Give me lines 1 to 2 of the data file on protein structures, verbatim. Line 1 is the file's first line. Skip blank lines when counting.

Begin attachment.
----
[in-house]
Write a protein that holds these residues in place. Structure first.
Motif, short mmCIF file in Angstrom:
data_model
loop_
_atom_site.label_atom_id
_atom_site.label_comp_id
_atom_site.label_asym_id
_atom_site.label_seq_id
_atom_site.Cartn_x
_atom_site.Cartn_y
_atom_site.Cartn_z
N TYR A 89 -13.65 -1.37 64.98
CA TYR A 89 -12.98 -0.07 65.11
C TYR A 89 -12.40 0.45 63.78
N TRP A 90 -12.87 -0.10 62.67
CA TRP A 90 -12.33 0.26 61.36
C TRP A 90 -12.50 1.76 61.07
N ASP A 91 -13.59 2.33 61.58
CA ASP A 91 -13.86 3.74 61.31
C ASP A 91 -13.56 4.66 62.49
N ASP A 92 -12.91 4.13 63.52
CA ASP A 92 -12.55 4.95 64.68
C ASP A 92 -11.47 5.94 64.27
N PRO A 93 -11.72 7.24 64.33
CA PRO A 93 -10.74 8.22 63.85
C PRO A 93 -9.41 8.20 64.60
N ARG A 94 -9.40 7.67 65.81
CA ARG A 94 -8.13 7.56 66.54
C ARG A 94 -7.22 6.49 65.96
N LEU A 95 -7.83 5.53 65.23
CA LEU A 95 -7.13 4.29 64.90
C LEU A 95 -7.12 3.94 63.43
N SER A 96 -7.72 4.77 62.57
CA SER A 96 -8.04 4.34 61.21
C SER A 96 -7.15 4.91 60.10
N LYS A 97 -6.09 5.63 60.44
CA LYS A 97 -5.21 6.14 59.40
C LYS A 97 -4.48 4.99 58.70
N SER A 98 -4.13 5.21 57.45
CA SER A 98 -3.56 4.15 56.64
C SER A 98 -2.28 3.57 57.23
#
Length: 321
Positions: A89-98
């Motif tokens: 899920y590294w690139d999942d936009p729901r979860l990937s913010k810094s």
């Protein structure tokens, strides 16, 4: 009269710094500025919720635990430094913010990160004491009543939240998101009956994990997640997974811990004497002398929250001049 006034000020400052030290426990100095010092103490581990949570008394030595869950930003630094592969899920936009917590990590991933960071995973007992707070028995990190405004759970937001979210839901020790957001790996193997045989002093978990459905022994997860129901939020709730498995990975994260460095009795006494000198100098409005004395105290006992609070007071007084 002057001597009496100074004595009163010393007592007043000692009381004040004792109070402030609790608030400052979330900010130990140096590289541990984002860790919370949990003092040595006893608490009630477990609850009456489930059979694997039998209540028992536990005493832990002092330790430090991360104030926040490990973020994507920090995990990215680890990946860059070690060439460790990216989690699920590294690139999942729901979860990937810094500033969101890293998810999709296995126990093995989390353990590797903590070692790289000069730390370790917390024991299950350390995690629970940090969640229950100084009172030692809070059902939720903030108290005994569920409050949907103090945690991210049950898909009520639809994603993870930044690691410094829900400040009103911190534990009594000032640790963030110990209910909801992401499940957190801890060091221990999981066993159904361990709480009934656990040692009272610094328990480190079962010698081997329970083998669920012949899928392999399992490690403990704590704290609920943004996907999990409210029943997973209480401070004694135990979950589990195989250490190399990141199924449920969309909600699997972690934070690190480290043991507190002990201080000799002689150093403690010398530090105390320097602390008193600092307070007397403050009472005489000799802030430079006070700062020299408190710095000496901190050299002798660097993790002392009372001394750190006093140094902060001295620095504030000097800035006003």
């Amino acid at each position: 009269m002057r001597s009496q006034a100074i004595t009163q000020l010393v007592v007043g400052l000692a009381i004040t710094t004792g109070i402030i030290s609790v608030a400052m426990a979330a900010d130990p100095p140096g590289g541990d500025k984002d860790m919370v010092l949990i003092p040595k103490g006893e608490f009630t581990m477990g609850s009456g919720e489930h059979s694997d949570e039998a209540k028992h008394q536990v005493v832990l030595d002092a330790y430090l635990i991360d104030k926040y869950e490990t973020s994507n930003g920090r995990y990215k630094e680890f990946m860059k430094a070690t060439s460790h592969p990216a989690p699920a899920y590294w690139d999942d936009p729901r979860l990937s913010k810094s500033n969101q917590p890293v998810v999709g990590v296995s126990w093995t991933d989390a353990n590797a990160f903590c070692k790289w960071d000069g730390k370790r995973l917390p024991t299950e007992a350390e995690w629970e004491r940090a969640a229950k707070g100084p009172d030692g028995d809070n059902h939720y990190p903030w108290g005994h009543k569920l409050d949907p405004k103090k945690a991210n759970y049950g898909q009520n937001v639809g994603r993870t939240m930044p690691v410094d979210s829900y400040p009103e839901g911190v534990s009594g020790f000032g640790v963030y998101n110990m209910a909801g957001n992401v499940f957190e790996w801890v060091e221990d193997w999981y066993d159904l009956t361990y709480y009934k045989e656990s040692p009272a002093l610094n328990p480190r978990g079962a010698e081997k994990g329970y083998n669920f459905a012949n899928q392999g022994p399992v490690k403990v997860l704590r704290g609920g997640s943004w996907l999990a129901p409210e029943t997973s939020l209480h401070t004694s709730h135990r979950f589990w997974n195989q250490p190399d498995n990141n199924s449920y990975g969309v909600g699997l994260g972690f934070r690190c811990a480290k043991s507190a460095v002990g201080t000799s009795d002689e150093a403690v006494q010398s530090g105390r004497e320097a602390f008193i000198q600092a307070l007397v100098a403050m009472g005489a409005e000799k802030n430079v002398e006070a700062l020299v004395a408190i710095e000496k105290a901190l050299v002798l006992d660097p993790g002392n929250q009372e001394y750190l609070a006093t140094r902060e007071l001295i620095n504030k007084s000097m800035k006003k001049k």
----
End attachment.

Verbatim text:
[in-house]
Write a protein that holds these residues in place. Structure first.